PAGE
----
3. Reduce barriers to safety net programs
From the pandemic, we learned that quickly getting emergency assistance to renters is essential in helping residents keep their homes. Often applications for programs require excessive documentation and are overly bureaucratic. In 2021, the Emergency Rental Assistance Program passed by Congress allowed residents to self-attest to financial hardship rather than requiring them to collect extensive documentation. Grantees could distribute funds directly to residents. And relief dollars could be used for services like legal counsel and other eviction prevention activities. In the end, grantees who took advantage of the flexibilities offered under the program proved to be very successful in distributing funds and keeping renters stably housed.
4. Shift the "landlord/tenant” paradigm to a partnership centered on community
Property owners can play an essential role in helping residents maintain their homes. Doing so not only improves housing stability; it also reduces vacancy as well as costs and time associated with the eviction process. Those costs can often exceed what the renter owes. Before the pandemic, many Americans facing eviction typically were less than $600 behind, while court costs and other fees can mean thousands for a landlord looking to evict a resident. Instead of going through a drawn-out court battle, property owners can establish payment plans, engage mediators who can negotiate with residents, partner with community organizations that reach the most vulnerable residents, and support connections to programs that provide short-term financial assistance for renters. Many property owners, especially nonprofit owners of affordable housing, made great strides during the pandemic to engage and support their residents. We can look to them for best practices on how owners across the housing spectrum can work with residents to achieve mutually desirable outcomes.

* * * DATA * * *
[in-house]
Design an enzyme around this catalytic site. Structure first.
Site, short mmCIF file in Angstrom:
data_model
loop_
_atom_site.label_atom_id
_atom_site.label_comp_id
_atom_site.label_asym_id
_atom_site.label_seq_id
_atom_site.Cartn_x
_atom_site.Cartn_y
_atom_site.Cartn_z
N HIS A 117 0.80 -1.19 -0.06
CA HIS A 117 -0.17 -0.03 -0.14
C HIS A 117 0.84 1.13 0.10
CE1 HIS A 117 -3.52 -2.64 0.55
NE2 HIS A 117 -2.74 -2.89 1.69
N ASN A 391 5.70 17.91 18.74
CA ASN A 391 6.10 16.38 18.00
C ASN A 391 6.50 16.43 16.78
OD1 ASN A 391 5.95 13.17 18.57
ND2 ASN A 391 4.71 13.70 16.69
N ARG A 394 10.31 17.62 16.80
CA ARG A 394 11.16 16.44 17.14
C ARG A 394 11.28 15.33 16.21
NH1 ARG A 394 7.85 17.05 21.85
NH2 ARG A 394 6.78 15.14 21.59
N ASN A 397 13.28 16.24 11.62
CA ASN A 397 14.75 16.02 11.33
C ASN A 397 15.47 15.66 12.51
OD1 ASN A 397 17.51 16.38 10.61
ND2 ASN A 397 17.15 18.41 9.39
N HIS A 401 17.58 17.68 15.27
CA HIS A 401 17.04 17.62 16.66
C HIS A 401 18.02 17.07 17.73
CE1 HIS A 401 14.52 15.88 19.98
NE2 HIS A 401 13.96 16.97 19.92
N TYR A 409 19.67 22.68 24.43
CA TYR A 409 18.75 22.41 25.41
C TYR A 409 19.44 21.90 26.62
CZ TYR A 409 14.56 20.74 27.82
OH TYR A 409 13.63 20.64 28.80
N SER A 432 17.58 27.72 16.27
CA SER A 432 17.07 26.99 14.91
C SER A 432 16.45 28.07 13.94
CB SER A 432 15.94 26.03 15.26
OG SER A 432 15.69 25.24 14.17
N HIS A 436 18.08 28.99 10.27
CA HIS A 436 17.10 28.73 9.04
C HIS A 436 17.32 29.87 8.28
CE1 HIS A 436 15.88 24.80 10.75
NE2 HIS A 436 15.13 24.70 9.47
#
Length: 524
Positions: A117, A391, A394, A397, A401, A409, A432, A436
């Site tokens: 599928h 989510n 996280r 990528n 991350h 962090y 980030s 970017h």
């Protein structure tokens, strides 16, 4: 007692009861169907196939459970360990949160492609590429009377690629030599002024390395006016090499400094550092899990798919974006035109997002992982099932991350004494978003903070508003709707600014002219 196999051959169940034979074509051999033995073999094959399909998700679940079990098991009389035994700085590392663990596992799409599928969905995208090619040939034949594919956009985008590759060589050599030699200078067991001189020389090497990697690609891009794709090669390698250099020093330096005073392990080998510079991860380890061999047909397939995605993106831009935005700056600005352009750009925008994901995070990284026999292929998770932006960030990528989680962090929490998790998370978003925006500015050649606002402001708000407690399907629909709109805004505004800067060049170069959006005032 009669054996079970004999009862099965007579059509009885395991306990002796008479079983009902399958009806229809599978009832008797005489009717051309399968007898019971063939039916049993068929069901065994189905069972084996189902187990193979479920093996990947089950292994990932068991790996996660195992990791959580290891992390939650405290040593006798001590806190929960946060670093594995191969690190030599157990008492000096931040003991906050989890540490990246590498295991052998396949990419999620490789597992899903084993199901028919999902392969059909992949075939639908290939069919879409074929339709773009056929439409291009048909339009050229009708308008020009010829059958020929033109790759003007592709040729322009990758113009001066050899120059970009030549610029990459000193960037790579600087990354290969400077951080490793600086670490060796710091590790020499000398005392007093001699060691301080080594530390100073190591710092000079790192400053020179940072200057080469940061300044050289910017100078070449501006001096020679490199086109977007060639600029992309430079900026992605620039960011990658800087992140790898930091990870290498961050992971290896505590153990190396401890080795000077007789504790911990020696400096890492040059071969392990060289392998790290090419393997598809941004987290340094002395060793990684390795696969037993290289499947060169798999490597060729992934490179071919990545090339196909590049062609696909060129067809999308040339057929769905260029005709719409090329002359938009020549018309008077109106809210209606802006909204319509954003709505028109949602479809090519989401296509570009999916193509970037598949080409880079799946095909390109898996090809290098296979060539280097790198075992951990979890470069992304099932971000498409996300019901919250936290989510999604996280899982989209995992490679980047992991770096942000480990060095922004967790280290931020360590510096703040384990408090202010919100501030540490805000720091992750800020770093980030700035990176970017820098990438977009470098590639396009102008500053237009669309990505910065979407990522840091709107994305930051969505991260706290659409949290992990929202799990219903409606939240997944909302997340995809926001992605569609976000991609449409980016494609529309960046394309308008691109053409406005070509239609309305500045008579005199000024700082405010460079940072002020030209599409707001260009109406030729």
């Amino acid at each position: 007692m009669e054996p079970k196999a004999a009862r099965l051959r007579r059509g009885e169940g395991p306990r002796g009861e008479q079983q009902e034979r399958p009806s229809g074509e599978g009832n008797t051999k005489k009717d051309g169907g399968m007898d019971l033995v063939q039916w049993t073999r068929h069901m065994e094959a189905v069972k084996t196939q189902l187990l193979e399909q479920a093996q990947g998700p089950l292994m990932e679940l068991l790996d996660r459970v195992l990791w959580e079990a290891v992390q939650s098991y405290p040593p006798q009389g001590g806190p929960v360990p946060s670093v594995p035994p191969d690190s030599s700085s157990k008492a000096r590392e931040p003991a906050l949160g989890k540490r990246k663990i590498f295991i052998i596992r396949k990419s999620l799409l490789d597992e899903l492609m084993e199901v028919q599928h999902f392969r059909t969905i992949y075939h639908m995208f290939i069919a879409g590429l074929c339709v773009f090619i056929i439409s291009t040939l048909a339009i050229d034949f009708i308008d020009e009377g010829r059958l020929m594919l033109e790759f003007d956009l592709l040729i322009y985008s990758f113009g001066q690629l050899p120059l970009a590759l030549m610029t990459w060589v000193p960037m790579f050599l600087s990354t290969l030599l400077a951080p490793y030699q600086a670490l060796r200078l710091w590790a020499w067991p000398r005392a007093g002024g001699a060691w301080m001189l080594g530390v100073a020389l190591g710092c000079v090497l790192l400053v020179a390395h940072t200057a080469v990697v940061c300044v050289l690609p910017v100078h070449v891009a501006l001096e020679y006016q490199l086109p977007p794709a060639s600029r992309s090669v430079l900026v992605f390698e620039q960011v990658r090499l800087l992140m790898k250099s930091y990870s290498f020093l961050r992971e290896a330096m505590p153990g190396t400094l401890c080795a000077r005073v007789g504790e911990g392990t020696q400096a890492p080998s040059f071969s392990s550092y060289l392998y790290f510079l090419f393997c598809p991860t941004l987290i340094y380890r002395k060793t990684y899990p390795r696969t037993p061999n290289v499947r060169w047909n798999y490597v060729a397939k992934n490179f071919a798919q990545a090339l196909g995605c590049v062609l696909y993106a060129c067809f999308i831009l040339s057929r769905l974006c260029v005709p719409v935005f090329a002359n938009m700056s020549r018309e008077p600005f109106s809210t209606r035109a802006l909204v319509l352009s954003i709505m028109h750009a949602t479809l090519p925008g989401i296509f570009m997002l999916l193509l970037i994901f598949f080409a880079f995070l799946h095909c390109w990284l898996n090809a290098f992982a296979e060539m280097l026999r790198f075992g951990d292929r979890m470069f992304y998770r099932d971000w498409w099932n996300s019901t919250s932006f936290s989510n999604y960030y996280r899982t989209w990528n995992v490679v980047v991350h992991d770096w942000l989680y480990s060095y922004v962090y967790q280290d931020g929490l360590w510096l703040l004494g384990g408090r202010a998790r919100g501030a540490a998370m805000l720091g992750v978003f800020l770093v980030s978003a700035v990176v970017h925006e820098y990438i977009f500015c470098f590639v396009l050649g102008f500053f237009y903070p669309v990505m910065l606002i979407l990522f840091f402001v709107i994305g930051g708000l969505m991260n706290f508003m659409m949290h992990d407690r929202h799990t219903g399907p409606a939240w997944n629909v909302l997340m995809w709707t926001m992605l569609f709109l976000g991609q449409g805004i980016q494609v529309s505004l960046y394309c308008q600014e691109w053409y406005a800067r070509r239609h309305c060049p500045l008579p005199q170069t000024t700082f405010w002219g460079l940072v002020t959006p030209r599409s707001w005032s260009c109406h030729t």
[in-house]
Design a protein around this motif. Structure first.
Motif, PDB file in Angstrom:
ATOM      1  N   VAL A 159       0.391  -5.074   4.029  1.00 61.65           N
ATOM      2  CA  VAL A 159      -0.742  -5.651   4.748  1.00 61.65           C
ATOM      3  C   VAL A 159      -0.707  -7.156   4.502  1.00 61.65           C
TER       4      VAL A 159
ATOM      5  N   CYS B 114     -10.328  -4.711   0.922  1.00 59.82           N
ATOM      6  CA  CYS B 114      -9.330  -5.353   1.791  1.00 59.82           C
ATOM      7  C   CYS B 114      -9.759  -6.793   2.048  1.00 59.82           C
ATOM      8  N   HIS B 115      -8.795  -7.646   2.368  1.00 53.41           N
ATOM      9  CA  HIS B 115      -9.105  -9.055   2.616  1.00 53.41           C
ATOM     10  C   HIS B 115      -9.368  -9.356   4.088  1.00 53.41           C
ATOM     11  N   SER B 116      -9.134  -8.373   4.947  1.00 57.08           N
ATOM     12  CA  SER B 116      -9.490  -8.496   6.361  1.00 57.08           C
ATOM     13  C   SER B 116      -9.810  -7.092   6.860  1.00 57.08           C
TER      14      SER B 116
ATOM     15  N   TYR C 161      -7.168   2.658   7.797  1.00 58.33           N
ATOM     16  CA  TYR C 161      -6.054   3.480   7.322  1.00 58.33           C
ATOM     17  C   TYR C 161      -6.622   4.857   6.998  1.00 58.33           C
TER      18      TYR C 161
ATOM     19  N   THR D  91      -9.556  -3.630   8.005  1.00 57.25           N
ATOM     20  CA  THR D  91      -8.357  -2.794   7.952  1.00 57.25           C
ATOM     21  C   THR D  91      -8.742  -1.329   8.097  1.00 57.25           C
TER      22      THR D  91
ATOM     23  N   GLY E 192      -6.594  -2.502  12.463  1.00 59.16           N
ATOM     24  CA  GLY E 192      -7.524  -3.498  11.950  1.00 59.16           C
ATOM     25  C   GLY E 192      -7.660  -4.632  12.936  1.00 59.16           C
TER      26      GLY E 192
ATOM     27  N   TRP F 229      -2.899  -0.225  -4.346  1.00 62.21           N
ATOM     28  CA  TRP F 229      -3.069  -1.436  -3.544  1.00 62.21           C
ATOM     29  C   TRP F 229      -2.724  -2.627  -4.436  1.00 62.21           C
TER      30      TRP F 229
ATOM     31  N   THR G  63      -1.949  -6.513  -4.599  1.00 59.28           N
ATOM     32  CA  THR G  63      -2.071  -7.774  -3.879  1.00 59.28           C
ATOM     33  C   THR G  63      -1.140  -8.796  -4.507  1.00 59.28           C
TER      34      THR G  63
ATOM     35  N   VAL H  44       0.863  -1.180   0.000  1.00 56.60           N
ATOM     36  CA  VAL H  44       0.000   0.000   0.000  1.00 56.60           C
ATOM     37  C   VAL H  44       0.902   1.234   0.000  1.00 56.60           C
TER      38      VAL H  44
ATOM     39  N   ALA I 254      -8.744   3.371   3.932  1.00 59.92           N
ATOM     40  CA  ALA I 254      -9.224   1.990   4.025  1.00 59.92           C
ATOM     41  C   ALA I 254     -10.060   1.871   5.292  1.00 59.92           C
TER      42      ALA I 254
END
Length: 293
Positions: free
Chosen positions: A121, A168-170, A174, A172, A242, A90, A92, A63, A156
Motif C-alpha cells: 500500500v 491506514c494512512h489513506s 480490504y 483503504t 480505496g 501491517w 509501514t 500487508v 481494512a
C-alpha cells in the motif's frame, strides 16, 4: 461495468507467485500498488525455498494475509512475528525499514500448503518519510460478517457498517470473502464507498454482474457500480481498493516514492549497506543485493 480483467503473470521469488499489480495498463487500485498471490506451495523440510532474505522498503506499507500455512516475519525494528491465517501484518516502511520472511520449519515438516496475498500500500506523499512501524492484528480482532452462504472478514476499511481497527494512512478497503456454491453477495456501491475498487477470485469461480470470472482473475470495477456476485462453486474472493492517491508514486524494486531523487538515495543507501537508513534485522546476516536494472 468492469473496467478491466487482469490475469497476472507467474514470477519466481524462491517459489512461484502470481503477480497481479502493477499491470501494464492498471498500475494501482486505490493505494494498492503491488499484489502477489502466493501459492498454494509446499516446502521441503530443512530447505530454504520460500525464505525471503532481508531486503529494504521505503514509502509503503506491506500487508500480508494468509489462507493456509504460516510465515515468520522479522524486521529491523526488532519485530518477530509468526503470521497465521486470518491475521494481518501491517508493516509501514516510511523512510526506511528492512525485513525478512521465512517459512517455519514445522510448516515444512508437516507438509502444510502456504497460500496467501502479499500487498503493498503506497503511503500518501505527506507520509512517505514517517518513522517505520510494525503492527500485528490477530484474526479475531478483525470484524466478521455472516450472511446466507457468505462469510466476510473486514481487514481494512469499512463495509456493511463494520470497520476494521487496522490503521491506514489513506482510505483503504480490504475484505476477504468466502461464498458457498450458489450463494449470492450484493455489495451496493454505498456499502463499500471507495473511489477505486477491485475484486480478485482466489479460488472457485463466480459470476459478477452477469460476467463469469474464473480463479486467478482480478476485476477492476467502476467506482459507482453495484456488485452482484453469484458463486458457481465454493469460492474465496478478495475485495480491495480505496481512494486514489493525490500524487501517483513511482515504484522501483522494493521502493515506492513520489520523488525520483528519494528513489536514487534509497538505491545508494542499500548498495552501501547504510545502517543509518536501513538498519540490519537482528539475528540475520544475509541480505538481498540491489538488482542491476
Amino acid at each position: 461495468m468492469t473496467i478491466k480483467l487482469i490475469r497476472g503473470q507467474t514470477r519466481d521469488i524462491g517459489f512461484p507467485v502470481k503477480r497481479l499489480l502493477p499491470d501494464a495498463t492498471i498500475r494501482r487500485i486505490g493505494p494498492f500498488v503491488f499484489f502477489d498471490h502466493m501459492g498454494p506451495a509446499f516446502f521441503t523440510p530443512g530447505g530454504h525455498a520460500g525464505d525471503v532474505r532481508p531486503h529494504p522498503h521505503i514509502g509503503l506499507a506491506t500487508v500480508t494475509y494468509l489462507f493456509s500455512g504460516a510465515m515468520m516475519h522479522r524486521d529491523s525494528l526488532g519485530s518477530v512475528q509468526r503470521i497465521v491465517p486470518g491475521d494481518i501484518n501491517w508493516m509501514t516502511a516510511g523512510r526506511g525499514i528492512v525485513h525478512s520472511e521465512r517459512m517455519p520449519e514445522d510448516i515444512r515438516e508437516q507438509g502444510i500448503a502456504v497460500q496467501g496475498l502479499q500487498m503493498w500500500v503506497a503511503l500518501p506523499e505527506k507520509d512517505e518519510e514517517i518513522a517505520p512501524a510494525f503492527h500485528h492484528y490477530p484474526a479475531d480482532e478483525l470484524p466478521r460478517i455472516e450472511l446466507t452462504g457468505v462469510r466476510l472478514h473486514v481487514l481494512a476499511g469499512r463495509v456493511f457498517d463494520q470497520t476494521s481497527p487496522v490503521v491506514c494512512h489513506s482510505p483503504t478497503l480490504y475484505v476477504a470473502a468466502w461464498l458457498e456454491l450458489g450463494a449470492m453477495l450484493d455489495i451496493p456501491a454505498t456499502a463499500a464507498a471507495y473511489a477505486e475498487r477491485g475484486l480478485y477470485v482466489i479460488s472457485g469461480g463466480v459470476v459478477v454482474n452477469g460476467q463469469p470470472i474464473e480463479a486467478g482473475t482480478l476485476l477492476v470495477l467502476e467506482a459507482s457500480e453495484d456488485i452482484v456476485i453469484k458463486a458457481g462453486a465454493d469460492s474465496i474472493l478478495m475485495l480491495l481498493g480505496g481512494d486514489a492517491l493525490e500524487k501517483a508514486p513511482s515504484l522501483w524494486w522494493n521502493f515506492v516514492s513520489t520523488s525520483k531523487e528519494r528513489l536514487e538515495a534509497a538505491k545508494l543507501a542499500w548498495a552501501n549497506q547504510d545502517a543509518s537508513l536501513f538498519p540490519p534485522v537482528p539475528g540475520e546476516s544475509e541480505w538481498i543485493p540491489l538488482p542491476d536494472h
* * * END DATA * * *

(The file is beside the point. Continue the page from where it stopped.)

5. Provide holistic service delivery programs
Programs that provide direct financial support to renters are essential – but so are community organizations that proactively target at-risk families. Programs in Boston, New York City, Denver, St. Paul and elsewhere educate residents about cash assistance programs and offer assistance in securing public benefits, make referrals to job training and education programs, connect residents to financial counseling and mediation services, and provide legal referrals. The most successful of these programs are often neighborhood-based and offer a holistic range of services that support housing stability and help families stay in their homes.
Read our new paper, Home for Good: Strategies to Prevent Eviction and Promote Housing Stability, to learn more about investing in prevention to help promote family and community stability.